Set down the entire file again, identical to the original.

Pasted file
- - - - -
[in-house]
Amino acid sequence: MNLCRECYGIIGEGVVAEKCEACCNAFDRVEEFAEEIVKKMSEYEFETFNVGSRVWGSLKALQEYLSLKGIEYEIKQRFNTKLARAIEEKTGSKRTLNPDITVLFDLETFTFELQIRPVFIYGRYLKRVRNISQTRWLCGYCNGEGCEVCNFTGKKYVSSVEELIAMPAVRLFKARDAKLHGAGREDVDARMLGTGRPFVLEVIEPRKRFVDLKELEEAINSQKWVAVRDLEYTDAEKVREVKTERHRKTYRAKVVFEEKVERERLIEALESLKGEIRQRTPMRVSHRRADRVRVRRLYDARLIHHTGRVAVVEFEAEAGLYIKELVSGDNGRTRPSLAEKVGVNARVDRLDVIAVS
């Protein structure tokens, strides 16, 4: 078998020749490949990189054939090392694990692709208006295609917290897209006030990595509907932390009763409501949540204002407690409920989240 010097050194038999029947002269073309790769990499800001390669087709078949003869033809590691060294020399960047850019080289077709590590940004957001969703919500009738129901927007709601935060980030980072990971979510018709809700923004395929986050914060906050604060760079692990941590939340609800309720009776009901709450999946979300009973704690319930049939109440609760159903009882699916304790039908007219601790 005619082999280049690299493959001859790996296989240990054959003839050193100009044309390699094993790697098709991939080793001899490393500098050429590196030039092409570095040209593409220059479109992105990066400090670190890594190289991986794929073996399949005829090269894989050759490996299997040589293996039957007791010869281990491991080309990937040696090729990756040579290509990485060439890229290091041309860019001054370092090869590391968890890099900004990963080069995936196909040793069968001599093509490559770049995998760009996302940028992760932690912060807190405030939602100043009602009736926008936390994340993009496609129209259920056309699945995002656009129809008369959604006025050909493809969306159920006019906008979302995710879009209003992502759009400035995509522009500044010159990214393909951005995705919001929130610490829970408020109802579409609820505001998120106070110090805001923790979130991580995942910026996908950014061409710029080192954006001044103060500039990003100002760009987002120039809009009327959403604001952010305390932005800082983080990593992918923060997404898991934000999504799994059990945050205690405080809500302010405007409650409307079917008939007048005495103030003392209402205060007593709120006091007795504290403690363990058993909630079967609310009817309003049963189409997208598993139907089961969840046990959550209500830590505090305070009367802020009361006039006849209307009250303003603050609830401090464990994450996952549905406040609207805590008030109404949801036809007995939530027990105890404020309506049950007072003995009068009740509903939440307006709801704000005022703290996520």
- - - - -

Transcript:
[in-house]
Amino acid sequence: MNLCRECYGIIGEGVVAEKCEACCNAFDRVEEFAEEIVKKMSEYEFETFNVGSRVWGSLKALQEYLSLKGIEYEIKQRFNTKLARAIEEKTGSKRTLNPDITVLFDLETFTFELQIRPVFIYGRYLKRVRNISQTRWLCGYCNGEGCEVCNFTGKKYVSSVEELIAMPAVRLFKARDAKLHGAGREDVDARMLGTGRPFVLEVIEPRKRFVDLKELEEAINSQKWVAVRDLEYTDAEKVREVKTERHRKTYRAKVVFEEKVERERLIEALESLKGEIRQRTPMRVSHRRADRVRVRRLYDARLIHHTGRVAVVEFEAEAGLYIKELVSGDNGRTRPSLAEKVGVNARVDRLDVIAVS
């Protein structure tokens, strides 16, 4: 078998020749490949990189054939090392694990692709208006295609917290897209006030990595509907932390009763409501949540204002407690409920989240 010097050194038999029947002269073309790769990499800001390669087709078949003869033809590691060294020399960047850019080289077709590590940004957001969703919500009738129901927007709601935060980030980072990971979510018709809700923004395929986050914060906050604060760079692990941590939340609800309720009776009901709450999946979300009973704690319930049939109440609760159903009882699916304790039908007219601790 005619082999280049690299493959001859790996296989240990054959003839050193100009044309390699094993790697098709991939080793001899490393500098050429590196030039092409570095040209593409220059479109992105990066400090670190890594190289991986794929073996399949005829090269894989050759490996299997040589293996039957007791010869281990491991080309990937040696090729990756040579290509990485060439890229290091041309860019001054370092090869590391968890890099900004990963080069995936196909040793069968001599093509490559770049995998760009996302940028992760932690912060807190405030939602100043009602009736926008936390994340993009496609129209259920056309699945995002656009129809008369959604006025050909493809969306159920006019906008979302995710879009209003992502759009400035995509522009500044010159990214393909951005995705919001929130610490829970408020109802579409609820505001998120106070110090805001923790979130991580995942910026996908950014061409710029080192954006001044103060500039990003100002760009987002120039809009009327959403604001952010305390932005800082983080990593992918923060997404898991934000999504799994059990945050205690405080809500302010405007409650409307079917008939007048005495103030003392209402205060007593709120006091007795504290403690363990058993909630079967609310009817309003049963189409997208598993139907089961969840046990959550209500830590505090305070009367802020009361006039006849209307009250303003603050609830401090464990994450996952549905406040609207805590008030109404949801036809007995939530027990105890404020309506049950007072003995009068009740509903939440307006709801704000005022703290996520």